Q : What is France’s response to two statements (Turkish and American) pointing to a change with regard to Bashar al-Assad?
1) by the Turkish foreign minister, Mevlüt Çavuşoğlu, who says that Turkey could consider cooperating with Bashar al-Assad should he prove the winner in democratic and transparent elections;
2) by the U.S. State Department’s special representative for Syria engagement, James Jeffrey, who said yesterday that U.S. Syria policy is not aimed at “getting rid of” President al-Assad.
A : As President Macron reaffirmed in Brussels on December 14, combatting Daesh remains France’s absolute priority in Syria.
The only way to restore peace in Syria and stability in the region and to permanently eradicate terrorism is to obtain a credible, sustainable political solution consistent with UN Security Council Resolution 2254.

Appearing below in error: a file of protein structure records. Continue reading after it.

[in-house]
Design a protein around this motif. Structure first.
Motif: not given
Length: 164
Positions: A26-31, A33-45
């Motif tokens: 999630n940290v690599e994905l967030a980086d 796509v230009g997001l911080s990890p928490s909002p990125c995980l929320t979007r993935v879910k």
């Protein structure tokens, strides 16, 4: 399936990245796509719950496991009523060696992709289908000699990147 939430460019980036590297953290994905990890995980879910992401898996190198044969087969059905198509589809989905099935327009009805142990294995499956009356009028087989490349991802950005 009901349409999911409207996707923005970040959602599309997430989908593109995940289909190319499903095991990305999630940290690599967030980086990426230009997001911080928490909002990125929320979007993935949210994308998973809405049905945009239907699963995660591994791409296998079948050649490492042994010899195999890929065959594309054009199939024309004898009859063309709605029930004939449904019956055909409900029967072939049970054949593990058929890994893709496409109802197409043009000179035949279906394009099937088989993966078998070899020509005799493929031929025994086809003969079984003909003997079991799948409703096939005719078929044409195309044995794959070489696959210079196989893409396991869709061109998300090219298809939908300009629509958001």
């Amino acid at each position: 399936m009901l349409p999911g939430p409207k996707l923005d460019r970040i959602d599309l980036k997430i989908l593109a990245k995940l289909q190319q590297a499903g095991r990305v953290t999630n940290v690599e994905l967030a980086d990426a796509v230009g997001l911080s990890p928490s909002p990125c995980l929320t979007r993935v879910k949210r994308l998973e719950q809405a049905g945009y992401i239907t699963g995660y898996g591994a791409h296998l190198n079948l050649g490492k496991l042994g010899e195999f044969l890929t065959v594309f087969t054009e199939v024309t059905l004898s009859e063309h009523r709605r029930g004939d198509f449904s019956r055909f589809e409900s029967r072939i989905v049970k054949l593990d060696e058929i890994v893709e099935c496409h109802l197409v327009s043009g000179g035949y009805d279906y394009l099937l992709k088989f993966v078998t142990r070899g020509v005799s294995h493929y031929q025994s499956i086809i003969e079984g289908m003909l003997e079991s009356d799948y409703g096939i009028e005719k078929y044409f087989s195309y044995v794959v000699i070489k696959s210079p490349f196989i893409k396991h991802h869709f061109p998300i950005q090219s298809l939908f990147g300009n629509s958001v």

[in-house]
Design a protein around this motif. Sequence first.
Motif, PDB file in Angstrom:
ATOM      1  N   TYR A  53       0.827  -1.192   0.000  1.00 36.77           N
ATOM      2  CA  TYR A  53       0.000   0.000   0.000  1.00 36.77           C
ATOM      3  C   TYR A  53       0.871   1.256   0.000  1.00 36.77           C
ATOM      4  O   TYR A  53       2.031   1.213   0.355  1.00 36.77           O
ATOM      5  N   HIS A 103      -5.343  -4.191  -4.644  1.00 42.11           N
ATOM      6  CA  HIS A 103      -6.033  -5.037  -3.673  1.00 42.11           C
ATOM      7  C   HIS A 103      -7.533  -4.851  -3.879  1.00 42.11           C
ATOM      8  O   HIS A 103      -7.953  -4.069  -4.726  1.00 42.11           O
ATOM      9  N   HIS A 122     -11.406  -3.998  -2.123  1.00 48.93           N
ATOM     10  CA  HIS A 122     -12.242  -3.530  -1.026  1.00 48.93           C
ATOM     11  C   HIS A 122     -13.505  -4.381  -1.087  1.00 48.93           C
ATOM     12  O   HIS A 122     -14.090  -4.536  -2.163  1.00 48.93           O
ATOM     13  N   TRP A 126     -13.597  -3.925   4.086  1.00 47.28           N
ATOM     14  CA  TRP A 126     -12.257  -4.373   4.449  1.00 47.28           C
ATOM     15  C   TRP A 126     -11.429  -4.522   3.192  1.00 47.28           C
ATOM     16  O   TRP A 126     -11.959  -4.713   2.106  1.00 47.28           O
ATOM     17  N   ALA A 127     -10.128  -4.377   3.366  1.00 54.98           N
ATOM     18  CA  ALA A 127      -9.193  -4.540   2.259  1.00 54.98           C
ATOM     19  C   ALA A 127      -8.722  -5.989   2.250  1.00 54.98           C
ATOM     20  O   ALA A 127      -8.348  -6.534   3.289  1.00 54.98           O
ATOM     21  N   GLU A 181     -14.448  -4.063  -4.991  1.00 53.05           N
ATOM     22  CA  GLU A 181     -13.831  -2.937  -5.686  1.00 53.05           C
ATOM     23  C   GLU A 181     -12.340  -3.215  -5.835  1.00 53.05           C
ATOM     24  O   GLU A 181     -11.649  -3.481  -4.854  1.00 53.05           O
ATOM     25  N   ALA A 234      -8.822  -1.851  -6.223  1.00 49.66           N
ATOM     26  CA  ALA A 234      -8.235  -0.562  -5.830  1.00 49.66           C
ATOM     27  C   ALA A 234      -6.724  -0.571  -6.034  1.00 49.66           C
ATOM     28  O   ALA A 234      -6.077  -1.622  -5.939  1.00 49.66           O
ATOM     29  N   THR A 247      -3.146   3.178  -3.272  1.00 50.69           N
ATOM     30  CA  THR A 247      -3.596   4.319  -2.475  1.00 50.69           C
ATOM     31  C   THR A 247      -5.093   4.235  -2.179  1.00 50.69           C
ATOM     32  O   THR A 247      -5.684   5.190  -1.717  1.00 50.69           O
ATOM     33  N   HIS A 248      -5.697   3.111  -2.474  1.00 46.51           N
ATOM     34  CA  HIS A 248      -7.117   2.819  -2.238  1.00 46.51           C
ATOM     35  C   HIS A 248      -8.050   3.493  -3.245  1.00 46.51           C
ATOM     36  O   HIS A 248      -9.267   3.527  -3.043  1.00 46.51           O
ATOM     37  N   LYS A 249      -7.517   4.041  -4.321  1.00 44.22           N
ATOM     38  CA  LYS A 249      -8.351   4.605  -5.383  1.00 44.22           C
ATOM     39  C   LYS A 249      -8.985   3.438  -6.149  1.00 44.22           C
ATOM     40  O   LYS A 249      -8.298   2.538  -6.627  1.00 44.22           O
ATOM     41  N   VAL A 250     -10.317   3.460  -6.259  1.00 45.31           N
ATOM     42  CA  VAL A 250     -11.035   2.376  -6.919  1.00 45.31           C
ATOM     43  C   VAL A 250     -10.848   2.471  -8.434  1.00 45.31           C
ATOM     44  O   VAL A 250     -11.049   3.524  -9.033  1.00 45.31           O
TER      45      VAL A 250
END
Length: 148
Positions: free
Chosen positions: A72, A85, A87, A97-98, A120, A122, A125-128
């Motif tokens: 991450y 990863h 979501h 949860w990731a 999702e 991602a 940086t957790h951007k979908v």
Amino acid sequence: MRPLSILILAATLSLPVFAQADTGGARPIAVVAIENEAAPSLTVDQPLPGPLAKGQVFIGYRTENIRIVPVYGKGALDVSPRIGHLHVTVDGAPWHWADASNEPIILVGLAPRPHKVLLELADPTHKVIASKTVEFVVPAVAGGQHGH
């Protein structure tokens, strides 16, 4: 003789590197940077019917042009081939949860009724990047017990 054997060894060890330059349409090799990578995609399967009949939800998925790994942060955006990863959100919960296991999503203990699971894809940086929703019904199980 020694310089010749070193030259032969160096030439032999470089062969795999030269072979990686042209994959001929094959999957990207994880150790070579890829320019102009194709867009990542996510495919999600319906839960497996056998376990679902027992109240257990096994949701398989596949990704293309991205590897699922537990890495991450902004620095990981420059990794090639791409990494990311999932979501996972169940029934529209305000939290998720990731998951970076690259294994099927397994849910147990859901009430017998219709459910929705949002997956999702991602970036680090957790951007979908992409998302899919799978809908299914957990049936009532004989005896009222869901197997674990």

France is mobilizing all its efforts to achieve this political resolution to the conflict, particularly through the dialogue with the main regional and international stakeholders, and especially those of the Small Group and Astana Group. It reaffirms the need for the UN to establish a credible, balanced constitutional committee before the end of the year, in keeping with the commitments taken at the Istanbul Summit on October 27.
The establishment of the constitutional committee must make it possible to revive a credible and inclusive political process leading to the holding of free, impartial elections under UN supervision. All Syrians, including refugees and internally displaced persons, must be able to choose their own leaders in a neutral environment guaranteed by confidence-building measures.
As Jean-Yves Le Drian has said on several occasions, it is not realistic to imagine Bashar al-Assad staying in power in a reconciled Syria.